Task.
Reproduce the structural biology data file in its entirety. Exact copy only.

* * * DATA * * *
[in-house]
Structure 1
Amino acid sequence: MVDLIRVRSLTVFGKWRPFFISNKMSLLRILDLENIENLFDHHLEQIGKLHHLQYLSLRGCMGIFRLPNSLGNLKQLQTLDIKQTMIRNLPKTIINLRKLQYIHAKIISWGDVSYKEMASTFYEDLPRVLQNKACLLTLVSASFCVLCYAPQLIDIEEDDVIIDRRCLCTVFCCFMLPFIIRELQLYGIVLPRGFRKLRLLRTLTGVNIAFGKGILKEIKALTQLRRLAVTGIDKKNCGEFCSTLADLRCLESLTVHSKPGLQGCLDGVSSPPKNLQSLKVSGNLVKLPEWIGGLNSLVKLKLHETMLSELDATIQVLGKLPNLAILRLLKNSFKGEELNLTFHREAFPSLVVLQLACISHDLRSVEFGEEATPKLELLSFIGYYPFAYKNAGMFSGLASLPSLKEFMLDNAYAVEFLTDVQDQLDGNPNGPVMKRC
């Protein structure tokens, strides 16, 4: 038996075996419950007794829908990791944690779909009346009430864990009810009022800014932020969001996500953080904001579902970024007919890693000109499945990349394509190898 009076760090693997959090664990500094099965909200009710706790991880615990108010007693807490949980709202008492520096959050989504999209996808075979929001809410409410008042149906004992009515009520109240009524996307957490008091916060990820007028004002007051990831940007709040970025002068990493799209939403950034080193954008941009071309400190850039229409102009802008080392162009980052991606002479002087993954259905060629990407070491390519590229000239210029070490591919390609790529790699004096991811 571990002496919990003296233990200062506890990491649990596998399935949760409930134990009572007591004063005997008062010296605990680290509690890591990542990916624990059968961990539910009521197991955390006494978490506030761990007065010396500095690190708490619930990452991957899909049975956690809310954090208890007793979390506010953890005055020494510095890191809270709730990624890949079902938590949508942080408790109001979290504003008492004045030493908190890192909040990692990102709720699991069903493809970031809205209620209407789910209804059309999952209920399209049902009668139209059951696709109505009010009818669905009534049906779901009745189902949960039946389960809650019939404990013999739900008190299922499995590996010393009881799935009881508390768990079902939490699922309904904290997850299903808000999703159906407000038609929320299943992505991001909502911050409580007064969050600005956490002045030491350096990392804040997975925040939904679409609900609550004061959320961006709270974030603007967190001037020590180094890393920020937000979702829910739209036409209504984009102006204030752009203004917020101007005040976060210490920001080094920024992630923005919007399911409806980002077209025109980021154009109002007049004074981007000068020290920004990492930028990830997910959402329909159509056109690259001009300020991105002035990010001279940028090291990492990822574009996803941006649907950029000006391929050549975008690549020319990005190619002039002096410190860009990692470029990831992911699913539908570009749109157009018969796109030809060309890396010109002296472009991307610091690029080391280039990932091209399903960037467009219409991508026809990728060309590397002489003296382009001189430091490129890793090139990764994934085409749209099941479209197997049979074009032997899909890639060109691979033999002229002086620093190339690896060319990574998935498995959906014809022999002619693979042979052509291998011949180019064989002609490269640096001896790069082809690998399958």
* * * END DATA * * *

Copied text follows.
[in-house]
Structure 1
Amino acid sequence: MVDLIRVRSLTVFGKWRPFFISNKMSLLRILDLENIENLFDHHLEQIGKLHHLQYLSLRGCMGIFRLPNSLGNLKQLQTLDIKQTMIRNLPKTIINLRKLQYIHAKIISWGDVSYKEMASTFYEDLPRVLQNKACLLTLVSASFCVLCYAPQLIDIEEDDVIIDRRCLCTVFCCFMLPFIIRELQLYGIVLPRGFRKLRLLRTLTGVNIAFGKGILKEIKALTQLRRLAVTGIDKKNCGEFCSTLADLRCLESLTVHSKPGLQGCLDGVSSPPKNLQSLKVSGNLVKLPEWIGGLNSLVKLKLHETMLSELDATIQVLGKLPNLAILRLLKNSFKGEELNLTFHREAFPSLVVLQLACISHDLRSVEFGEEATPKLELLSFIGYYPFAYKNAGMFSGLASLPSLKEFMLDNAYAVEFLTDVQDQLDGNPNGPVMKRC
């Protein structure tokens, strides 16, 4: 038996075996419950007794829908990791944690779909009346009430864990009810009022800014932020969001996500953080904001579902970024007919890693000109499945990349394509190898 009076760090693997959090664990500094099965909200009710706790991880615990108010007693807490949980709202008492520096959050989504999209996808075979929001809410409410008042149906004992009515009520109240009524996307957490008091916060990820007028004002007051990831940007709040970025002068990493799209939403950034080193954008941009071309400190850039229409102009802008080392162009980052991606002479002087993954259905060629990407070491390519590229000239210029070490591919390609790529790699004096991811 571990002496919990003296233990200062506890990491649990596998399935949760409930134990009572007591004063005997008062010296605990680290509690890591990542990916624990059968961990539910009521197991955390006494978490506030761990007065010396500095690190708490619930990452991957899909049975956690809310954090208890007793979390506010953890005055020494510095890191809270709730990624890949079902938590949508942080408790109001979290504003008492004045030493908190890192909040990692990102709720699991069903493809970031809205209620209407789910209804059309999952209920399209049902009668139209059951696709109505009010009818669905009534049906779901009745189902949960039946389960809650019939404990013999739900008190299922499995590996010393009881799935009881508390768990079902939490699922309904904290997850299903808000999703159906407000038609929320299943992505991001909502911050409580007064969050600005956490002045030491350096990392804040997975925040939904679409609900609550004061959320961006709270974030603007967190001037020590180094890393920020937000979702829910739209036409209504984009102006204030752009203004917020101007005040976060210490920001080094920024992630923005919007399911409806980002077209025109980021154009109002007049004074981007000068020290920004990492930028990830997910959402329909159509056109690259001009300020991105002035990010001279940028090291990492990822574009996803941006649907950029000006391929050549975008690549020319990005190619002039002096410190860009990692470029990831992911699913539908570009749109157009018969796109030809060309890396010109002296472009991307610091690029080391280039990932091209399903960037467009219409991508026809990728060309590397002489003296382009001189430091490129890793090139990764994934085409749209099941479209197997049979074009032997899909890639060109691979033999002229002086620093190339690896060319990574998935498995959906014809022999002619693979042979052509291998011949180019064989002609490269640096001896790069082809690998399958």